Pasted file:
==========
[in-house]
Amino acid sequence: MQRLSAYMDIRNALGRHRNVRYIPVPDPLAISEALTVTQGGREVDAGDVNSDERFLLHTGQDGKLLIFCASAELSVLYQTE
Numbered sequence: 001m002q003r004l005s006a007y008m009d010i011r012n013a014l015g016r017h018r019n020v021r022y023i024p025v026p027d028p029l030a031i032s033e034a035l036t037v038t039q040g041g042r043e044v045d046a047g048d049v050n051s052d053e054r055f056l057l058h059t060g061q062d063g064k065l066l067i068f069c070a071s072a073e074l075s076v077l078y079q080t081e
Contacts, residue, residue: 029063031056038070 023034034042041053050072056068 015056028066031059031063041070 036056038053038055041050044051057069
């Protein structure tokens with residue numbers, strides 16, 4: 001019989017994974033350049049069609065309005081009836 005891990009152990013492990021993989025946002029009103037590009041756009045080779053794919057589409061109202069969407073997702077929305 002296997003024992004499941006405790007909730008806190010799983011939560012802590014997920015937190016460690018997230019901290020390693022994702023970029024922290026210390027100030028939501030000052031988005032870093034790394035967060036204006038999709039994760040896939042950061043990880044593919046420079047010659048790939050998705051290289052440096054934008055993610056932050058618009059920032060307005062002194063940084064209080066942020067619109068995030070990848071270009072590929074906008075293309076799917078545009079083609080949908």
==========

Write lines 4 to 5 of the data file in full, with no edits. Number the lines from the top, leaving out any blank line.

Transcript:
Contacts, residue, residue: 029063031056038070 023034034042041053050072056068 015056028066031059031063041070 036056038053038055041050044051057069
């Protein structure tokens with residue numbers, strides 16, 4: 001019989017994974033350049049069609065309005081009836 005891990009152990013492990021993989025946002029009103037590009041756009045080779053794919057589409061109202069969407073997702077929305 002296997003024992004499941006405790007909730008806190010799983011939560012802590014997920015937190016460690018997230019901290020390693022994702023970029024922290026210390027100030028939501030000052031988005032870093034790394035967060036204006038999709039994760040896939042950061043990880044593919046420079047010659048790939050998705051290289052440096054934008055993610056932050058618009059920032060307005062002194063940084064209080066942020067619109068995030070990848071270009072590929074906008075293309076799917078545009079083609080949908």